Hospitals across the country are treating more heart attack patients within the recommended time frame than five years ago, according to study published in Circulation, an American Heart Association journal.
In 2005, only 44 percent of heart attack patients received emergency angioplasty within 90 minutes. Whereas last year, 91 percent were treated in less than 90 minutes, and 70 percent were treated in less than 75 minutes, notes the Wall Street Journal's Health Blog.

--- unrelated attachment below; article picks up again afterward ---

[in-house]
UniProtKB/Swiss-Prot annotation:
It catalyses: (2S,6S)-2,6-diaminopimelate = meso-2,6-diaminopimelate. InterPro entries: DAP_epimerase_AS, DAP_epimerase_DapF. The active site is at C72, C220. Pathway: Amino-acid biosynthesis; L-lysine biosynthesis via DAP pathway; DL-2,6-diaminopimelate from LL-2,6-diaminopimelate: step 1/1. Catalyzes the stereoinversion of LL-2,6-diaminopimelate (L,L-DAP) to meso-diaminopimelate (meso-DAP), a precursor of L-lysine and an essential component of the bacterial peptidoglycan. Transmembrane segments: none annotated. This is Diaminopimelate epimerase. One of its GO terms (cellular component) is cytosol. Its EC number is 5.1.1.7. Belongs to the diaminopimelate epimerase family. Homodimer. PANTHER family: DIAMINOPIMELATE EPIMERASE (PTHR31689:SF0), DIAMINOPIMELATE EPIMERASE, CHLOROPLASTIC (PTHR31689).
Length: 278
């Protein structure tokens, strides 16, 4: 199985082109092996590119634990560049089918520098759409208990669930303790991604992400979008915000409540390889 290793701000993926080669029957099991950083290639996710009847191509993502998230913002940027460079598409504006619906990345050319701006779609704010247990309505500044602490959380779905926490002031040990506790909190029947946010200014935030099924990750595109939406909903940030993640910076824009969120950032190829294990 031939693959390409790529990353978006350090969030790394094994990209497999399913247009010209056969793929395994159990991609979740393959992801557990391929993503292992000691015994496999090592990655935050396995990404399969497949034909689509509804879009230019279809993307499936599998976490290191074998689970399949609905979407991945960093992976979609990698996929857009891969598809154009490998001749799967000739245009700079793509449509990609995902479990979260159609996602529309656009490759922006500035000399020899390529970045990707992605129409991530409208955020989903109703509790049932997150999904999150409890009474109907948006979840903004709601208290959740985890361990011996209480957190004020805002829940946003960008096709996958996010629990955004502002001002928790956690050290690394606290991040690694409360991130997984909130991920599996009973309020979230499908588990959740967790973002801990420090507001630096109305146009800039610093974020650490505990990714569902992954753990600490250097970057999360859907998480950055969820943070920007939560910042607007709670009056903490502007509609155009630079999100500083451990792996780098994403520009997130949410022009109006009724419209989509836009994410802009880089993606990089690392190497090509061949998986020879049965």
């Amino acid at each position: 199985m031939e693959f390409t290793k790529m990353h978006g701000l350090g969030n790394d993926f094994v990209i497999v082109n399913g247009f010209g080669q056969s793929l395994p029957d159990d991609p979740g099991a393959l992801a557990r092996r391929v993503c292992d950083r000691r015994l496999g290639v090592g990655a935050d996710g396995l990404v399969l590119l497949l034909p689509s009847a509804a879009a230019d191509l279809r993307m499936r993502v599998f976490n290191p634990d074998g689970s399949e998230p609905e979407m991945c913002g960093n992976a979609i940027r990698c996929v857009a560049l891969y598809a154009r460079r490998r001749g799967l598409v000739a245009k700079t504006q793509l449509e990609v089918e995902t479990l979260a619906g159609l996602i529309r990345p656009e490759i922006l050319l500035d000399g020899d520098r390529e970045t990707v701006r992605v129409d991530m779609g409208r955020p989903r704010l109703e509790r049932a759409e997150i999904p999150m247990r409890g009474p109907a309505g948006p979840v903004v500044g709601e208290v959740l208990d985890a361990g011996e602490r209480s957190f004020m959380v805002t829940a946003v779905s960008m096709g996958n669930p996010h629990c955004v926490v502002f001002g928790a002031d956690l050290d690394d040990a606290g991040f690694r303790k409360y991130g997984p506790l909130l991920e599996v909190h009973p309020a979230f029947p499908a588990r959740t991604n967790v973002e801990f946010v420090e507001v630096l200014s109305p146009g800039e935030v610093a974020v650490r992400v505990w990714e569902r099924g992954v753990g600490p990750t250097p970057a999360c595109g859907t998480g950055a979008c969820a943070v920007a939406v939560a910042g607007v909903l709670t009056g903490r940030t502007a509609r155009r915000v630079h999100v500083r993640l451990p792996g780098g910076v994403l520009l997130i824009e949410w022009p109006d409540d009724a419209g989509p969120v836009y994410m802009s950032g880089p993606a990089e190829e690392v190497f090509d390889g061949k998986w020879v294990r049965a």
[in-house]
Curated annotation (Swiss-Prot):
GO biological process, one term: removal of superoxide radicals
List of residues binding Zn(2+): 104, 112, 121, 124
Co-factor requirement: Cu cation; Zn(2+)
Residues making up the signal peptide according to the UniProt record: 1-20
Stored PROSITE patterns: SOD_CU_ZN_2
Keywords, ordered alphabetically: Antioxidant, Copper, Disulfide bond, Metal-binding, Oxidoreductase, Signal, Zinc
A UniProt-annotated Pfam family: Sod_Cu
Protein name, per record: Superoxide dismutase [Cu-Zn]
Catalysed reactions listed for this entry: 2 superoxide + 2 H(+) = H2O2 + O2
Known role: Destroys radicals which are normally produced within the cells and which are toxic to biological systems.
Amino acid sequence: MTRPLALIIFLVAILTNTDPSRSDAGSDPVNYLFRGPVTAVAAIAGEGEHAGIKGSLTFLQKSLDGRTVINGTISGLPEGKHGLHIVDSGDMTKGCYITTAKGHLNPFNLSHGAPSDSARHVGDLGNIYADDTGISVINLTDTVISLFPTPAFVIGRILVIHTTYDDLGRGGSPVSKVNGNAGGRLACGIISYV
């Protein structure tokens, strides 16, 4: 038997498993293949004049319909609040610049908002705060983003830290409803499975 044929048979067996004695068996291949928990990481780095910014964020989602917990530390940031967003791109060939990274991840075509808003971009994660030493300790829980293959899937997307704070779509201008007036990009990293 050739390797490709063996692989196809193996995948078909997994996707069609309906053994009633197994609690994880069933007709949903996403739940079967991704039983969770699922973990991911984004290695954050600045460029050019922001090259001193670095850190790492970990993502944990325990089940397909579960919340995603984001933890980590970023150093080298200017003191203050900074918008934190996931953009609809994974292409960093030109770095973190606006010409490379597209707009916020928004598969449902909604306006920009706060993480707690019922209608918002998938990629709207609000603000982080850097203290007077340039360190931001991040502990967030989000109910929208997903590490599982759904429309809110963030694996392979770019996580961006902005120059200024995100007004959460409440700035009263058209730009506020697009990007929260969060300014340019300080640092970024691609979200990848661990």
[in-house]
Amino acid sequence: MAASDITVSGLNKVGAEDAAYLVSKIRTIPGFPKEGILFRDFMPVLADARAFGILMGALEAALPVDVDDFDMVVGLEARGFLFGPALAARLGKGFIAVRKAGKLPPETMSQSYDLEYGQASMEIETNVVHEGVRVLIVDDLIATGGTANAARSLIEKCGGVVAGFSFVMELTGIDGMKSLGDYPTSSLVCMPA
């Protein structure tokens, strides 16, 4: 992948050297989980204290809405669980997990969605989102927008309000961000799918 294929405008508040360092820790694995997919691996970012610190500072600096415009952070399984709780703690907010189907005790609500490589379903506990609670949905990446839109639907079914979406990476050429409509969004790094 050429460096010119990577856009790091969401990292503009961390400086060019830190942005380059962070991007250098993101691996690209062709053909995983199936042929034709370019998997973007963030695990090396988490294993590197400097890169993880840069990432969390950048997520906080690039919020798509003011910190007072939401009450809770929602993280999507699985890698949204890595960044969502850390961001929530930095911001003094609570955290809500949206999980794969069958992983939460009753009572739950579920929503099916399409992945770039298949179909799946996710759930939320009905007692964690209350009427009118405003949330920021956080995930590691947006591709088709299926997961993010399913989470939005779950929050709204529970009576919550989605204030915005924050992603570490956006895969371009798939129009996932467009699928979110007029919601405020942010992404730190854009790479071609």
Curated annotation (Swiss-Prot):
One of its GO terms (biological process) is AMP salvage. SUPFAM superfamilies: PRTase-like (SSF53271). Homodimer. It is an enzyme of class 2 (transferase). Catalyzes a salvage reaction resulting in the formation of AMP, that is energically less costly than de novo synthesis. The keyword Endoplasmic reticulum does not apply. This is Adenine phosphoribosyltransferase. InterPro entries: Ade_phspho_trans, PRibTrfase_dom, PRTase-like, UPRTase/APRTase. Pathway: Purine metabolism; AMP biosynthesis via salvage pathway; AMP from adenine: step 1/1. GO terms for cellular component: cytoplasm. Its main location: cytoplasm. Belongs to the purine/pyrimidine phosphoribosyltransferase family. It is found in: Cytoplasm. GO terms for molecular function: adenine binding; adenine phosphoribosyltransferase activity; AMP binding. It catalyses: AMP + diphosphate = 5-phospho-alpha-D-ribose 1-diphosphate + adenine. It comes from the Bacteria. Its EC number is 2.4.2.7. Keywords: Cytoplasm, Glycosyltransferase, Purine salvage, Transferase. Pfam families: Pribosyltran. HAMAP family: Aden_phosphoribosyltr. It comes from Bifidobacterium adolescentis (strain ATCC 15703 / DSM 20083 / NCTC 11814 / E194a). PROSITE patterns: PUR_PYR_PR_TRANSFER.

What's more, the median door-to-balloon time--how long it takes for heart attack patients to receive treatment after arrival--dropped from 96 minutes in 2005 to 64 minutes in 2010, according to the study.
Some hospitals are delivering emergency heart care even faster, with Yale-New Haven Hospital in Connecticut this month treating one heart attack patient in 26 minutes and another in only 16 minutes.
Lead study author Dr. Harlan Krumholz, a Yale cardiologist, highlighted that hospitals significantly sped up emergency heart care without incentives or threat of punishment.
The improvement came from a "bottom-up" approach, with top hospitals sharing their methods of faster door-to-balloon times. Government and private groups explained which strategies speed treatment and encouraged hospitals to adopt them, noted Krumholz .